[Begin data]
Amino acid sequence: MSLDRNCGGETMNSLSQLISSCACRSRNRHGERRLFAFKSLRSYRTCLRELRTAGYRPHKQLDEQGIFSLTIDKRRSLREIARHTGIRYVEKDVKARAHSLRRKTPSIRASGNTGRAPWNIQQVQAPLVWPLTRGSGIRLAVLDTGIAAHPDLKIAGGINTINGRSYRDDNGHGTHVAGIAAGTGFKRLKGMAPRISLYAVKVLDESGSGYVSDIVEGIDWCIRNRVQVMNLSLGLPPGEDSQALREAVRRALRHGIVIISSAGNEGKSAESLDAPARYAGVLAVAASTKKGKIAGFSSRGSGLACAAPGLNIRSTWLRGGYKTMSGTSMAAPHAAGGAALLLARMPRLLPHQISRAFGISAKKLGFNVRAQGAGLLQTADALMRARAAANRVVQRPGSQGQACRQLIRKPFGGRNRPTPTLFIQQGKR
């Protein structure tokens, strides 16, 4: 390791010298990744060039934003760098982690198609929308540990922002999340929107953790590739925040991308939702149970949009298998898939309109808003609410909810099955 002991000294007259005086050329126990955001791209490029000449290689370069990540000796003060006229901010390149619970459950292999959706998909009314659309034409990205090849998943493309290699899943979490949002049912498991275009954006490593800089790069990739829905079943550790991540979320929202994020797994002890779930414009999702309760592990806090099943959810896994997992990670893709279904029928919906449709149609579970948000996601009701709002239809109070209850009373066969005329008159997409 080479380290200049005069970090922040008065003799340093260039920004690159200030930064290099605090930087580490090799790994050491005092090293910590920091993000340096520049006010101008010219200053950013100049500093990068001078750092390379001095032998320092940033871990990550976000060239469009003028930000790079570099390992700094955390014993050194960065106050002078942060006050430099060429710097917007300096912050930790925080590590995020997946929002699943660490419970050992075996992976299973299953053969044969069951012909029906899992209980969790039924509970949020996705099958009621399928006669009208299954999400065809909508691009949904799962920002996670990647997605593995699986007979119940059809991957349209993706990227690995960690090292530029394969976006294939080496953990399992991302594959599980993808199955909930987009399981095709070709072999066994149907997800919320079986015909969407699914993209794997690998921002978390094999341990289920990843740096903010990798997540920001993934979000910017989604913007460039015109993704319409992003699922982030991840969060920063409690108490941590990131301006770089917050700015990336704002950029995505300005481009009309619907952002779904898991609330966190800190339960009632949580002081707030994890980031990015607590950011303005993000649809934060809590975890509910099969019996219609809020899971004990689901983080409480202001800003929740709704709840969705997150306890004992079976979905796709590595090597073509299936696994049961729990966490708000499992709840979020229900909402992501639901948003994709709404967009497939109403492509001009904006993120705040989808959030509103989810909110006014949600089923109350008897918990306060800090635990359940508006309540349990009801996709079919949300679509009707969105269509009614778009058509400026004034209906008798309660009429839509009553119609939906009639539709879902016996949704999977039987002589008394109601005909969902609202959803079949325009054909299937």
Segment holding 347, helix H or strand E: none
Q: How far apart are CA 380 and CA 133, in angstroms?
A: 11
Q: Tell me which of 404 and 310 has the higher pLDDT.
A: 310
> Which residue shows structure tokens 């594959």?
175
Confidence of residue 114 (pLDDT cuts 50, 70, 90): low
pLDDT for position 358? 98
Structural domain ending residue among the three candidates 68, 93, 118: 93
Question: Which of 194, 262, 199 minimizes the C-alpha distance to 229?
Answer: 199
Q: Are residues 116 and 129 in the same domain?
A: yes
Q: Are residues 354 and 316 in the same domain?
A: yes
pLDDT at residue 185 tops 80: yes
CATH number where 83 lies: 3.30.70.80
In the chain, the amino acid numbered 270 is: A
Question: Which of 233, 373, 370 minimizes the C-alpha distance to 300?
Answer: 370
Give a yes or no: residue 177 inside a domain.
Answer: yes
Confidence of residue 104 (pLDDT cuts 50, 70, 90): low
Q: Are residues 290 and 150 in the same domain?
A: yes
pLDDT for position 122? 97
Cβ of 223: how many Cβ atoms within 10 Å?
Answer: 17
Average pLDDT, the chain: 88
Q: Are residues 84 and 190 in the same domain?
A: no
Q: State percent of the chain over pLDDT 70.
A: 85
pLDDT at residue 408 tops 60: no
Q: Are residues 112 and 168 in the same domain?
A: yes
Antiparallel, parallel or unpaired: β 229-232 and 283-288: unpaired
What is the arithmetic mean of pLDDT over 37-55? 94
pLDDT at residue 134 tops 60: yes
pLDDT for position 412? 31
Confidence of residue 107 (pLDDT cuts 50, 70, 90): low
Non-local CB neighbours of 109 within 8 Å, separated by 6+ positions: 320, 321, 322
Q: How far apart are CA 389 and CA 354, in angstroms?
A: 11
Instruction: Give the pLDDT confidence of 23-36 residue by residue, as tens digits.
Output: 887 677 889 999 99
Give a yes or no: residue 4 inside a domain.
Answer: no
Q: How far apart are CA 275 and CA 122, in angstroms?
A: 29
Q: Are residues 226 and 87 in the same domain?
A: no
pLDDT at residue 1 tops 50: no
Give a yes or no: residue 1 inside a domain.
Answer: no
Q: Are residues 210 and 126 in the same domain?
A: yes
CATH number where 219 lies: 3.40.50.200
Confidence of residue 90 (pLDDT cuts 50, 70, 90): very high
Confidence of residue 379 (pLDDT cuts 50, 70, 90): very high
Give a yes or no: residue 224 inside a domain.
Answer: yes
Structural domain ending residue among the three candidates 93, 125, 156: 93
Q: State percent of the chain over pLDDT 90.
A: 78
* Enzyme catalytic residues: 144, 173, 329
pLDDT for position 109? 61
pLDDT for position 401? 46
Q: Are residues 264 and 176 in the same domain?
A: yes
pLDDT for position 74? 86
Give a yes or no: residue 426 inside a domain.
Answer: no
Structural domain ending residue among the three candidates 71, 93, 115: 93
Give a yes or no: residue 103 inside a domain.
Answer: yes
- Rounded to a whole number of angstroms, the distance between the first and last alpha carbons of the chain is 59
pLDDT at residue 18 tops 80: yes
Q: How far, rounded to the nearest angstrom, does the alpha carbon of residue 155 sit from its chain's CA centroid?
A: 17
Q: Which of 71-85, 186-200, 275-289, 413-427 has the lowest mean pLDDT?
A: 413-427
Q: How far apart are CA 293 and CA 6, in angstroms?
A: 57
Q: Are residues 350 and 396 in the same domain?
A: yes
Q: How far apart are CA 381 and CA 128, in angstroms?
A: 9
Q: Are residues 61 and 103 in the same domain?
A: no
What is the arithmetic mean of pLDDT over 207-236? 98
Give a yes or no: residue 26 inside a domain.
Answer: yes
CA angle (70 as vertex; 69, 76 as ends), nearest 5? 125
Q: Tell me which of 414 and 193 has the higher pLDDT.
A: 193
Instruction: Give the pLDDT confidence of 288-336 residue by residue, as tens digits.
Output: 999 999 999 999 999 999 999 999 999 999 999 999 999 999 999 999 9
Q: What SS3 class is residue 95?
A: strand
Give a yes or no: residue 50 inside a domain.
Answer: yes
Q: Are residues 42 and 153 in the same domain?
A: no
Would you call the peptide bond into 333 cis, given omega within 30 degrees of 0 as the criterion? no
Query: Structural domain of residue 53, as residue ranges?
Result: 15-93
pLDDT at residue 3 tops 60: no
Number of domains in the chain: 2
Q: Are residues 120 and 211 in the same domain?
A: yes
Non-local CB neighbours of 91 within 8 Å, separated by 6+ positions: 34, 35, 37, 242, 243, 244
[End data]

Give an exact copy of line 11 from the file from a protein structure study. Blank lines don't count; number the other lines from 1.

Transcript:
pLDDT for position 358? 98